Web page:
Today's state news reports look to Washington. Medicaid expansions could squeeze states' budgets and some local lawmakers are taking their concerns to counterparts in Congress. At the same time, they hope to carve out room for states to find their own solutions.
Public News Service: State lawmakers are asking for "lower health care costs, a public insurance option, and shared responsibility for these costs by government, employers and individuals" in a petition signed by nearly 1,000 legislators from around the country. The petition also points out that "some states have already made their own reforms that are working" (Thomas, 10/7).
Radio Iowa: State Sen. Jack Hatch, D-Des Moines, will join 24 other state-level lawmakers for a trip to Washington next week. They will lobby Congress to pass the overhaul bill (Henderson, 10/6).
Meanwhile, governors from both parties are expressing strong opinions about proposed Medicaid expansions advanced in reform measures.
The Charleston (W.Va.) Daily Mail: "A proposed expansion of Medicaid has some governors voicing concern about how states will afford greater coverage in a challenging economy, but Gov. Joe Manchin argues that an expansion focused on prevention will help reduce costs from uncompensated care." Manchin is a Democrat (Saxton, 10/6).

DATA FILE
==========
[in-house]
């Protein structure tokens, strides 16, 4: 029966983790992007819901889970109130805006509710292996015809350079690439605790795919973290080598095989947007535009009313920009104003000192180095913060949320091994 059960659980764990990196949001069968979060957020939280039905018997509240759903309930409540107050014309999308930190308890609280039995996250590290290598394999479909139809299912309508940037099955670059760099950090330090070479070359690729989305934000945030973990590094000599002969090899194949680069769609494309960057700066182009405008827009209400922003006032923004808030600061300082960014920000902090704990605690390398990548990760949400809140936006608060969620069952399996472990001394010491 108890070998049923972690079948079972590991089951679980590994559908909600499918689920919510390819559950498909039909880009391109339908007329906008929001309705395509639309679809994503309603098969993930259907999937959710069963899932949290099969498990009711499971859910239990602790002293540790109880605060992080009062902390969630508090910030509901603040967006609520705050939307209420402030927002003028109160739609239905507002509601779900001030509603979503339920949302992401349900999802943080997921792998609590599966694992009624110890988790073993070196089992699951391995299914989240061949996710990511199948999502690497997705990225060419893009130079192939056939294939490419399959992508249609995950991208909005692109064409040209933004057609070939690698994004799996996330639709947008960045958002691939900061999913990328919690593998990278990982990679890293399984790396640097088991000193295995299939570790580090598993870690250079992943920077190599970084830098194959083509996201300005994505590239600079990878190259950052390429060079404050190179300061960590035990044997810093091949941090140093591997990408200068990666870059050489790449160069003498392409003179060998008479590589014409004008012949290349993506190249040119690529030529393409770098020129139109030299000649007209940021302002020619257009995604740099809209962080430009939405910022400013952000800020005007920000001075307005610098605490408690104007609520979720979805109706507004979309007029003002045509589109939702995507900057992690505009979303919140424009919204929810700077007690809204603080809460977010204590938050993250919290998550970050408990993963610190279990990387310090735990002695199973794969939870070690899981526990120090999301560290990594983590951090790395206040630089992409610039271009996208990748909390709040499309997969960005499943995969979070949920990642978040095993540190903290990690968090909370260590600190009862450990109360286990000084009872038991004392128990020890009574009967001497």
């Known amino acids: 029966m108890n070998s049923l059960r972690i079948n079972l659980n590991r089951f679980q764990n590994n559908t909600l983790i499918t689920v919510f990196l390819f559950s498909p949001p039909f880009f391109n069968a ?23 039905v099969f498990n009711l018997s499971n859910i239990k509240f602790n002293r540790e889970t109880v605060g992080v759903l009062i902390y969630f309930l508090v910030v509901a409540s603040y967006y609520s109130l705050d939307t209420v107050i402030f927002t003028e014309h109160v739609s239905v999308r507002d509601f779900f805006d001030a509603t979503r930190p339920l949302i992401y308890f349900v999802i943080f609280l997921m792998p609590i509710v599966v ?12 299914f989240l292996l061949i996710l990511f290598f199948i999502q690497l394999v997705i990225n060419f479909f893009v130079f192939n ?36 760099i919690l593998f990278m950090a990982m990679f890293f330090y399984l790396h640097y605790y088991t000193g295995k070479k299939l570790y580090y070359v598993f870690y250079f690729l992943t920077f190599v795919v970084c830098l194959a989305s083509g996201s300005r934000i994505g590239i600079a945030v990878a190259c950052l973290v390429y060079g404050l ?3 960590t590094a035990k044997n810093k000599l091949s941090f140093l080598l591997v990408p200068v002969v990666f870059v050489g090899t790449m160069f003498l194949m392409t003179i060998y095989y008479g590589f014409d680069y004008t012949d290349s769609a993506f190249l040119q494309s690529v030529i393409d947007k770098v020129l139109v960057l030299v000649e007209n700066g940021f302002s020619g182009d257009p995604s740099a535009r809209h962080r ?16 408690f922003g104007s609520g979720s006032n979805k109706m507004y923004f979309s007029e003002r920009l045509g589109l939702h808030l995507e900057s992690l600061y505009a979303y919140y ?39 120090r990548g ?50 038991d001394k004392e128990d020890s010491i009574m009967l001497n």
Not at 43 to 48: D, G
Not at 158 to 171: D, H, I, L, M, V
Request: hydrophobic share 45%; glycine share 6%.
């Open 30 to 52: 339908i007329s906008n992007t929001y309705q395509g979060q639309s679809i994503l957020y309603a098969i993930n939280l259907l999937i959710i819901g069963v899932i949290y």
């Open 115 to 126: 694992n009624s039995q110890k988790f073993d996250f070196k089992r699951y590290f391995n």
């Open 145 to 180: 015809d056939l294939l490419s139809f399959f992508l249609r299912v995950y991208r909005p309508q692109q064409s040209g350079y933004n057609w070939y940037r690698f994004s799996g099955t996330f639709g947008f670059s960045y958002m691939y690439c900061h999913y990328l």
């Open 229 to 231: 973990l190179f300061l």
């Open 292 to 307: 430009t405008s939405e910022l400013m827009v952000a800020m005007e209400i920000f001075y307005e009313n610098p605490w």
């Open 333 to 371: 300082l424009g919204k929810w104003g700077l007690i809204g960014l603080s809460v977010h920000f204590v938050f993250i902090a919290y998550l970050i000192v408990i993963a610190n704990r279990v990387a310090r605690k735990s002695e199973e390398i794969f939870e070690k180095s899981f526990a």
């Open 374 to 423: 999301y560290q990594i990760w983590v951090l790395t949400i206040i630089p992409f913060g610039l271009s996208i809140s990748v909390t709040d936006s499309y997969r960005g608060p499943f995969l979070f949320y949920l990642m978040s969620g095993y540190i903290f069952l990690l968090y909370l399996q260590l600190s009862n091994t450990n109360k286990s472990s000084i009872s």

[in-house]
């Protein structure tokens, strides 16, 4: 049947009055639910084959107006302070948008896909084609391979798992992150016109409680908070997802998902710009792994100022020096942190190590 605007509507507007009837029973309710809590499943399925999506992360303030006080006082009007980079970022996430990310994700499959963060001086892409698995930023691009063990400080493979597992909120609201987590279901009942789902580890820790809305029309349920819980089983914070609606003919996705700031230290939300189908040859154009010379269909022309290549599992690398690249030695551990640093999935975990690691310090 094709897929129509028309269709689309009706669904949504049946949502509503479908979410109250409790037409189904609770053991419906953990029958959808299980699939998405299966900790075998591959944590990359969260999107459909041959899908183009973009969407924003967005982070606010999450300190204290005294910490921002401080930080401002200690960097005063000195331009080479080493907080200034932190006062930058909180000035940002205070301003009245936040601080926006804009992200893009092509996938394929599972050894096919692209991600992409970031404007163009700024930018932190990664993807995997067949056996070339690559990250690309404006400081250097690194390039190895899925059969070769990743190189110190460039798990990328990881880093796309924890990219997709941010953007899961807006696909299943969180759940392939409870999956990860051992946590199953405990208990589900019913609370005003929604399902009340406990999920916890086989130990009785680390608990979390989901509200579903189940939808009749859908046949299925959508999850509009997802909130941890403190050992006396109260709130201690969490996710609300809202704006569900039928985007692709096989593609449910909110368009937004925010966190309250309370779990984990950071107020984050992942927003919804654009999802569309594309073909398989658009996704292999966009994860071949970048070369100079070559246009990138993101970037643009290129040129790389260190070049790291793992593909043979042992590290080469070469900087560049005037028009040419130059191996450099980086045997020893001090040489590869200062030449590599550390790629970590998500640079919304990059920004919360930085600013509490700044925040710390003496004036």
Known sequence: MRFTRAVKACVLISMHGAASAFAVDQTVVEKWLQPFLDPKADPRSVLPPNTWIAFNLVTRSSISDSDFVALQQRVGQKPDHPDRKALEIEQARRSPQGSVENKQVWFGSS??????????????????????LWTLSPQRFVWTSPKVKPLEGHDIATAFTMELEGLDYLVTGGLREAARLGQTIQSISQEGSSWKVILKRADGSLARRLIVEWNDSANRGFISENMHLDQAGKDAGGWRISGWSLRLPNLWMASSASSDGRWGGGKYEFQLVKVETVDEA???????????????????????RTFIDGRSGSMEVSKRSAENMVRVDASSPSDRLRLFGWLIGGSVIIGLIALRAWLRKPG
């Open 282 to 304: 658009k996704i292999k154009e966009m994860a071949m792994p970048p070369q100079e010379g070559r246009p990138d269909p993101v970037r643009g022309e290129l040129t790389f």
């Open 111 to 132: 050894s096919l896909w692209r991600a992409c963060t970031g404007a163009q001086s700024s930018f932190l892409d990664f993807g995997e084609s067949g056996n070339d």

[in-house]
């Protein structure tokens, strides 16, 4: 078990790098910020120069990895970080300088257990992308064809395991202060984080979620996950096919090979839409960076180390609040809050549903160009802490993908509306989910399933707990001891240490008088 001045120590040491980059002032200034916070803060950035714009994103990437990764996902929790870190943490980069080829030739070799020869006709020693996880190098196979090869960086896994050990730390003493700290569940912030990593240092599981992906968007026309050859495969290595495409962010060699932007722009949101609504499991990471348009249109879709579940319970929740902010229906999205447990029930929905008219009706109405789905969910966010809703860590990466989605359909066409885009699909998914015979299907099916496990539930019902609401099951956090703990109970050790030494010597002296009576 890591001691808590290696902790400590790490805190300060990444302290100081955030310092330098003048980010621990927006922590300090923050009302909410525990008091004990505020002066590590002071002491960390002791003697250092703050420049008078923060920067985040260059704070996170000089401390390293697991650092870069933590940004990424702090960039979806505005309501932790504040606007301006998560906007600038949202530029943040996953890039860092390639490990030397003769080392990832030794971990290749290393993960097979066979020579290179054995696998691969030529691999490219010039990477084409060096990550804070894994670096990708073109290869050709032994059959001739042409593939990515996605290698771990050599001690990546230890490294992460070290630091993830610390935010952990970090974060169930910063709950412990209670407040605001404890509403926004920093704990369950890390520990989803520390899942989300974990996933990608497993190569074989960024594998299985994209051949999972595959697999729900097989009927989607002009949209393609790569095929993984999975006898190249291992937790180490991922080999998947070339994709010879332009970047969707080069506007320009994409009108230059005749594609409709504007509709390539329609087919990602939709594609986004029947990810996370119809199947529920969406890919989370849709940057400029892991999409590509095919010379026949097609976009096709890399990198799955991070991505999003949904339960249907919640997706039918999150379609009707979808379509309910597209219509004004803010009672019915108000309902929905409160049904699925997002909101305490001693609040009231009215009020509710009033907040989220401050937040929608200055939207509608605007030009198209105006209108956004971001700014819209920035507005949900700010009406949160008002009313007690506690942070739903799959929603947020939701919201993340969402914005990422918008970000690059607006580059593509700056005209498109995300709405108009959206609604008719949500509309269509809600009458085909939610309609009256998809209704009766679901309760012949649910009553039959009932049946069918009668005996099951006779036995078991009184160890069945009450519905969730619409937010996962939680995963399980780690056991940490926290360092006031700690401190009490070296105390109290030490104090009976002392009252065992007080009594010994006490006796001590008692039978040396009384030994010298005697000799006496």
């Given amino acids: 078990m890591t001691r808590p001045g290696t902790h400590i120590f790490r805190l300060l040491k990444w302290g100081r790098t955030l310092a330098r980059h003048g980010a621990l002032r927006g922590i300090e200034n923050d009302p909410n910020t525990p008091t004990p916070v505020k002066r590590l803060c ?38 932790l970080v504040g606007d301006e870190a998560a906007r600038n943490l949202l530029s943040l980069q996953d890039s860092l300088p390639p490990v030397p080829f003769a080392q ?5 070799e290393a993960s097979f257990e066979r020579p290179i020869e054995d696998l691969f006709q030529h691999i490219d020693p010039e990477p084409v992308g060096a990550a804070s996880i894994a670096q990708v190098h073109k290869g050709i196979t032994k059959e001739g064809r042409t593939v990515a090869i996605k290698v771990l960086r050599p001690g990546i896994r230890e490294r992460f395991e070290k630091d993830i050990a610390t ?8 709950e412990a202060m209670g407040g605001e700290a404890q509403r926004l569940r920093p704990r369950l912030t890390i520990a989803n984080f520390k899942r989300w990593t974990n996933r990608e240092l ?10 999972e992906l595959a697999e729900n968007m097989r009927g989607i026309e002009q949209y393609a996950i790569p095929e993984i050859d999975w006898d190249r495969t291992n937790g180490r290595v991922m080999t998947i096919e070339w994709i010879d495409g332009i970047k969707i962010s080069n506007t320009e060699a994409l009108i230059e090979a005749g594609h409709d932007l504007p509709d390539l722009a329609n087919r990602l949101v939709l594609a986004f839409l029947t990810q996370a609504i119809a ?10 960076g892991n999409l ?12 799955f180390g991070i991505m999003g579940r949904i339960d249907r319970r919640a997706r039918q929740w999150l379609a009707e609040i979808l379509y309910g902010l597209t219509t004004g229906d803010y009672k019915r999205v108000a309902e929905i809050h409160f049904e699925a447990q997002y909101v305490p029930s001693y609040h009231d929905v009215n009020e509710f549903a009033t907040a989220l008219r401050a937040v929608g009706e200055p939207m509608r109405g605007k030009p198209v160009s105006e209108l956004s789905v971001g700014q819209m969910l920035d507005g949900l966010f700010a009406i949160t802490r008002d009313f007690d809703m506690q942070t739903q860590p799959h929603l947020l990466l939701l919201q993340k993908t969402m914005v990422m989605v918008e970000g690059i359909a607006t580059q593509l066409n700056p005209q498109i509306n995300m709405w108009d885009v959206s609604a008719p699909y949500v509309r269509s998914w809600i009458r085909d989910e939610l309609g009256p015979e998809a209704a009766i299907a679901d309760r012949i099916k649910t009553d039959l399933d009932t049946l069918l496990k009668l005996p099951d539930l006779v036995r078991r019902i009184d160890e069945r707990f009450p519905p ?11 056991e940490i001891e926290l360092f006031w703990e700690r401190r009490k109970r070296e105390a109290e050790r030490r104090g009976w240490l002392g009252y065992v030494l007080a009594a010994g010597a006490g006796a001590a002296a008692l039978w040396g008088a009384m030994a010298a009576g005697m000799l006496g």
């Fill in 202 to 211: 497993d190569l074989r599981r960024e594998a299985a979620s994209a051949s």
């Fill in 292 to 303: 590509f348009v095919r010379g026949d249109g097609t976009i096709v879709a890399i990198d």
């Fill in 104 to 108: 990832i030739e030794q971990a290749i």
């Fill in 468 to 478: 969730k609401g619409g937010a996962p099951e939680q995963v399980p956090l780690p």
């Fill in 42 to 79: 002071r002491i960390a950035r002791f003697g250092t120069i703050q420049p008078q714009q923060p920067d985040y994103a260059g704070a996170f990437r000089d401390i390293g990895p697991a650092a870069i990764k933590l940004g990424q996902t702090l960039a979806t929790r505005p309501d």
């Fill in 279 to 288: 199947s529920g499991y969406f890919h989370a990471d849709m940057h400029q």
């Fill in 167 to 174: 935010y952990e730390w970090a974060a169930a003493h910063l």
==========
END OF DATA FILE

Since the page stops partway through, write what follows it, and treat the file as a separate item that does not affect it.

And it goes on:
The (Mobile, Ala.) Press-Register: The other gubernatorial view comes from Gov. Bob Riley, who says the plans in Congress have "serious flaws that will have a dire budgetary impact on Alabama." Riley is a Republican (Altman, 10/6).
The Hill: Tennessee Gov. Phil Bredesen, a Democrat, has also criticized plans to expand Medicaid saying they could cost his state up to $735 million over five years. In response, Sen. Bob Corker, R-Tenn., agreed with the governor and described plans to expand Medicaid "as an 'unfunded mandate' that could overburden states at a time when many are struggling to manage the recession (Romm, 10/6).
The Columbus (Ohio) Dispatch: Ohio Gov. Ted Strickland, also a Democrat, said, "the states, with our financial challenges right now, are not in a position to accept additional Medicaid responsibilities." His state could face $922 million in additional spending over five years under one overhaul plan, on top of an $850 million budget gap (Torry and Riskind, 10/7).